A WEEK never goes by without a few calls to the MDDUS advice line from members facing an upcoming court appearance. Such appearances – be it an inquest or giving evidence at trial – are commonplace and involve doctors on a regular basis. Most often these are cases where our members are witnesses, not personally on trial or at risk of criticism.
Many members are understandably anxious about attending court, probably frightened at the prospect because of the way in which giving evidence is portrayed in TV dramas! This is only natural giving the unfamiliarity of the situation and the prospect of having to speak in public – but remember that for lawyers and other staff the court is just a place of work like a hospital or surgery.
If you receive a court summons/citation you must attend. A failure to do so may result in arrest for contempt of court.
One common source of anxiety is how your evidence will be viewed. Will you be criticised, grilled and left looking foolish? In a worst case scenario will you face some form of censure? These risks are best avoided by adequate preparation.
Remember that you are there to assist the court with information. You are not there to make a decision on behalf of one party or another – that rests with the judge/jury or coroner. You should be objective.
Evidence begins with an affirmation or taking the oath. A witness box is a place of legal privilege and you cannot be accused of a breach of confidentiality when making disclosures in answer to questions put to you.
The natural dynamic in court is relatively slow paced. Lawyers take time to consider their questions; you can take time to consider your answer. There may be pauses between questions and answers, and often pauses after you have answered. If you have said all that you want to say, keep quiet and wait for the lawyer to ask their next question. Do not be tempted to fill the silence!
Always remain polite, answer clearly and ensure your voice can be heard. If you do not understand the question, ask for it to be repeated. Your answers must be truthful – which includes saying "I don’t know" or "I have forgotten". You can only give evidence that you are directly aware of and within your field of expertise. Good preparation before court includes looking over your notes or reports and being prepared to explain your actions and professional opinion. It does not include trying to learn all the facts about a particular disease – giving evidence is not a medical test.
Doctors as a group try to be helpful but straying beyond the scope of your knowledge in court is wrong and can lead to difficulties if you are exposed as having gone too far. Be aware of the limits of your knowledge and stick to that. You can quite reasonably say that you can’t answer a question, offering, for example: "… you would need to ask a forensic pathologist".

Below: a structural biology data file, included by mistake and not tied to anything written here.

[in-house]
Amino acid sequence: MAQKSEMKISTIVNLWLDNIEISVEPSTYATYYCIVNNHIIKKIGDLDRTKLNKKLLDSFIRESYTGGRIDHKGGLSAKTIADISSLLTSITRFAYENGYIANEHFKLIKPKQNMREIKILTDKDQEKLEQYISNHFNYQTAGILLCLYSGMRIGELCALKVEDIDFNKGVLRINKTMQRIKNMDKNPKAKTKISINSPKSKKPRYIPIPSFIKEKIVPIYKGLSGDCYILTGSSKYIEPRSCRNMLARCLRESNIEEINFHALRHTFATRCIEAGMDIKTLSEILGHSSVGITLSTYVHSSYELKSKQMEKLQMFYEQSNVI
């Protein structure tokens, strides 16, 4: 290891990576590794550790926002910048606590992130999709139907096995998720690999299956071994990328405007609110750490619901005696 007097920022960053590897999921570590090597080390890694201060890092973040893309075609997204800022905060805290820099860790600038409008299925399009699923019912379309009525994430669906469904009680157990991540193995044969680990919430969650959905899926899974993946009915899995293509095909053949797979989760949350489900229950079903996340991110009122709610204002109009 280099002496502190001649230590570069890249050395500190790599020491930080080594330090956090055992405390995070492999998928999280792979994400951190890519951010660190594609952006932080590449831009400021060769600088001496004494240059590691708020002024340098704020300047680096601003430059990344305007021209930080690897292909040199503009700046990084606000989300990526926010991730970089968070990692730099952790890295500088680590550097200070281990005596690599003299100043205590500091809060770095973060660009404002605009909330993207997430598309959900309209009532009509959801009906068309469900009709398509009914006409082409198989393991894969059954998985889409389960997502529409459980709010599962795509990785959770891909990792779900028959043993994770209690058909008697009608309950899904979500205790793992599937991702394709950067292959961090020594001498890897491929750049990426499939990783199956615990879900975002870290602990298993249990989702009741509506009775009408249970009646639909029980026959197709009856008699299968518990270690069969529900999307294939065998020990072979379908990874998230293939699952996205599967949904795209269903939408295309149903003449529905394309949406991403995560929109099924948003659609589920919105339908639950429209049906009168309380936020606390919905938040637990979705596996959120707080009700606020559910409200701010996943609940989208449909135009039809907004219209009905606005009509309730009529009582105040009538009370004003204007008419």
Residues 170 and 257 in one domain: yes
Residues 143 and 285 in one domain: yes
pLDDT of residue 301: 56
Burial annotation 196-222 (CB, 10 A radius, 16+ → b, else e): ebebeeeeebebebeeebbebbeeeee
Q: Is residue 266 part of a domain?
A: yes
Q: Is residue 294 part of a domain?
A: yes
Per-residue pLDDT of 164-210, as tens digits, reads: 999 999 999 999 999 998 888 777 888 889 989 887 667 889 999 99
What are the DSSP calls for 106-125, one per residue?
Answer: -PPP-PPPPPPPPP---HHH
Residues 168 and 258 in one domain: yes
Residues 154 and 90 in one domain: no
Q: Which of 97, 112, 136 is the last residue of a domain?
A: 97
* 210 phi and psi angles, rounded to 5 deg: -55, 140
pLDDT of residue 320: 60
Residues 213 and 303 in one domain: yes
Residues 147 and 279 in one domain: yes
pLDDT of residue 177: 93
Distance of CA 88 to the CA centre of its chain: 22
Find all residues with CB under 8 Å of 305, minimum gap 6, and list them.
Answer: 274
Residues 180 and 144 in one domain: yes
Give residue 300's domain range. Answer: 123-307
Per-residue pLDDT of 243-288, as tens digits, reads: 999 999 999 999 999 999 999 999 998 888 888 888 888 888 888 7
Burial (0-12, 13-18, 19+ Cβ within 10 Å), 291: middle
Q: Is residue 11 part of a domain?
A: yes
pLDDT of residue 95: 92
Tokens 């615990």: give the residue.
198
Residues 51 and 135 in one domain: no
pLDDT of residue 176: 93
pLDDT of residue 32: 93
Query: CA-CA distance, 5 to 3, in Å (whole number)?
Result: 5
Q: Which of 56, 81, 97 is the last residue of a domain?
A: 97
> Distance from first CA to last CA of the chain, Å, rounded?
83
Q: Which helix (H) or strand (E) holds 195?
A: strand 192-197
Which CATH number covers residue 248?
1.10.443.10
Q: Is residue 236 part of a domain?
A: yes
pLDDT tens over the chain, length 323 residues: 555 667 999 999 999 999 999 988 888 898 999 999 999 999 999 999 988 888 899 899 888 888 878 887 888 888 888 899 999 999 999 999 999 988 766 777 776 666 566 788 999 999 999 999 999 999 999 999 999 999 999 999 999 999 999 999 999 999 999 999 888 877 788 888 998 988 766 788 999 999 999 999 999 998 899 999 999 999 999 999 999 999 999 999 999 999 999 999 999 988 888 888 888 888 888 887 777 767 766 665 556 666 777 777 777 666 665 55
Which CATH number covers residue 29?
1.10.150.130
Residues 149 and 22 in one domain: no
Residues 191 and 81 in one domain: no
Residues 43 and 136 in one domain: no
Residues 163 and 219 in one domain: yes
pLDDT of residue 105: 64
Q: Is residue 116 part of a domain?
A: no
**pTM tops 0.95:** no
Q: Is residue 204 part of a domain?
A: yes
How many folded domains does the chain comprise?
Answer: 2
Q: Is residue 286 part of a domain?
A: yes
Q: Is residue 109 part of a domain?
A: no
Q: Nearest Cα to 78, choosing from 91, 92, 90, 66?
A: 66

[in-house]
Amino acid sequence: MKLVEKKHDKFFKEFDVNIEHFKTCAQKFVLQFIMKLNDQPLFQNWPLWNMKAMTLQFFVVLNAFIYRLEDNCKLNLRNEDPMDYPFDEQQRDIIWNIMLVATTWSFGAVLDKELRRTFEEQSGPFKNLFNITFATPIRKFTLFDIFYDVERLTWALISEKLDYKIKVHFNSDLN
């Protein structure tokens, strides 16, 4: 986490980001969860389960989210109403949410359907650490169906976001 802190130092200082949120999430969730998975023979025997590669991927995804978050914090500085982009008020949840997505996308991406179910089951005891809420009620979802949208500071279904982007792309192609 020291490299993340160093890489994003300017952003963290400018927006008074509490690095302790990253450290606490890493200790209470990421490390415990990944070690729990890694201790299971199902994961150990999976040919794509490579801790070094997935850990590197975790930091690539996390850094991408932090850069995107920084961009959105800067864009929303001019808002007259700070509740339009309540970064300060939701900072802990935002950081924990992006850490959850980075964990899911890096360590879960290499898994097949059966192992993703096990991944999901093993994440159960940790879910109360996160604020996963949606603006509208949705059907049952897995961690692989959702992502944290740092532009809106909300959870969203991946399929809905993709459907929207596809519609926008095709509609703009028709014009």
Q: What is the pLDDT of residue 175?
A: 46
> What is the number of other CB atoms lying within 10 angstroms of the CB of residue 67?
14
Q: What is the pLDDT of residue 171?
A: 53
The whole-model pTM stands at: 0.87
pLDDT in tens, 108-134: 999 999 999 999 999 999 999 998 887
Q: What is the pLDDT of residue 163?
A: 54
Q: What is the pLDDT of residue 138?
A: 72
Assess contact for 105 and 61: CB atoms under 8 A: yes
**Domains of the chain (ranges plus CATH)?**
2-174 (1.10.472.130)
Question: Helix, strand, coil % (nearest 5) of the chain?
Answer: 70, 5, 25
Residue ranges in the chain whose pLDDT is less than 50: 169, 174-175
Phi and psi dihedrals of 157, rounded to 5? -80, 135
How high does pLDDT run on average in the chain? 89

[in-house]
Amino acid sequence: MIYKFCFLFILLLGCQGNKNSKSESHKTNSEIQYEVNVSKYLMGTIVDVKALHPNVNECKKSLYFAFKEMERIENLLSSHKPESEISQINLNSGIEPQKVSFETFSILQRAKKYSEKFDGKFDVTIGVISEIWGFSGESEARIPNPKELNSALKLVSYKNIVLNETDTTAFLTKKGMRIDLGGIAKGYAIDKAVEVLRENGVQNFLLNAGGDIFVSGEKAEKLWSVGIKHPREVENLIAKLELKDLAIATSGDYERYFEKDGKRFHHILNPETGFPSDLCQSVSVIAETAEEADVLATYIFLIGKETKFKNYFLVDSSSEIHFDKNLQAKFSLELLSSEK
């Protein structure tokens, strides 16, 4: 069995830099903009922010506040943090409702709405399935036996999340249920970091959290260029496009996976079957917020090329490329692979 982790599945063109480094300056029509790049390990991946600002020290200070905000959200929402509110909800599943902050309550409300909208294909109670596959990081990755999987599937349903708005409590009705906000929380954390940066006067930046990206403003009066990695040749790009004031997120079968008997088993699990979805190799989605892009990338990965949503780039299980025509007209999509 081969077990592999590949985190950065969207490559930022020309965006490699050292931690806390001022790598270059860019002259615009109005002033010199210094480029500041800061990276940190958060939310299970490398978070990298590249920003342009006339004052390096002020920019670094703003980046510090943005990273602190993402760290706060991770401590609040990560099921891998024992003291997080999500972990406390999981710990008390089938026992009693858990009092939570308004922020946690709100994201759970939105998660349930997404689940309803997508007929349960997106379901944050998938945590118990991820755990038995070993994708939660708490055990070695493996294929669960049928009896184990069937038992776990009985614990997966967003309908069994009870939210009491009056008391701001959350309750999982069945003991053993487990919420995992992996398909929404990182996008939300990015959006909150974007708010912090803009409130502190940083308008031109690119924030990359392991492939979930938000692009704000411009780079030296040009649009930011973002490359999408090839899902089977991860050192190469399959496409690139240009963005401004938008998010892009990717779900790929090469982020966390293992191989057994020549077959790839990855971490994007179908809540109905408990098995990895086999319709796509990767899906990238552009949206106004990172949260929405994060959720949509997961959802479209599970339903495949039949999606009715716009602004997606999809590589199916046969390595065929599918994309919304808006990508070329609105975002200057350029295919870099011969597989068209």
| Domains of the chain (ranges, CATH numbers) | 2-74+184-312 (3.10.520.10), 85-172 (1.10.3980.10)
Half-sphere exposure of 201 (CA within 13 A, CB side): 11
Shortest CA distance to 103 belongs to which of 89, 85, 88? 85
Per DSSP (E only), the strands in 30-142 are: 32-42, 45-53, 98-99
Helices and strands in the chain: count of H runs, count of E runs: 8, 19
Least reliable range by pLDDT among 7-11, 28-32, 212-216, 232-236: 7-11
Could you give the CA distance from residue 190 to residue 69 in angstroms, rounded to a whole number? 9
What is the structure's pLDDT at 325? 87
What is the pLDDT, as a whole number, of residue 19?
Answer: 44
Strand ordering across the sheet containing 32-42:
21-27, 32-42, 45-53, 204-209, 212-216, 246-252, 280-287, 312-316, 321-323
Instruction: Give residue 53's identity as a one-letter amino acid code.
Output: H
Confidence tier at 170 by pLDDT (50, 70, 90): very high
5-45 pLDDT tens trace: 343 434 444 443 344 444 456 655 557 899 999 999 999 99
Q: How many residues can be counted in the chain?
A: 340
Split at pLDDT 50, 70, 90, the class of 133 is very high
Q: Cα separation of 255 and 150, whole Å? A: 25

If it is pointed out that you may have made a mistake (such as with a date), carefully consider this and if you have made an error, admit this.
The GMC offers guidance as follows:
- The first duty of all witnesses is to the court.
- Give evidence that is impartial, honest and not misleading.
- Only give testimony and express opinions about issues that are within your professional competence.
- Work within the timescales set by the court.
There are a few other ground rules which can help: simple things such as make sure you know where you are expected to attend and when, and leave enough time so that you don’t add to your stress. Take along your court citation. Make sure you dress professionally (like a lawyer but minus the wig!). You may have to wait in the witness room for some time so take along something to occupy yourself.
Make sure you maintain your focus and attention. If you are very nervous remember that the first evidence you will be asked to give is easy – usually your name and status. Take your time, breathe normally and maintain your composure.
ACTION POINTS IN COURT
- Prepare: be familiar with the case and any notes or reports you have made.
- Know where you’re going.
- Dress up and speak up.
- Answer a question then stop talking.
- Call MDDUS for advice if you have any concerns.
Dr Gail Gilmartin is a medical and risk adviser at MDDUS
This page was correct at the time of publication. Any guidance is intended as general guidance for members only. If you are a member and need specific advice relating to your own circumstances, please contact one of our advisers.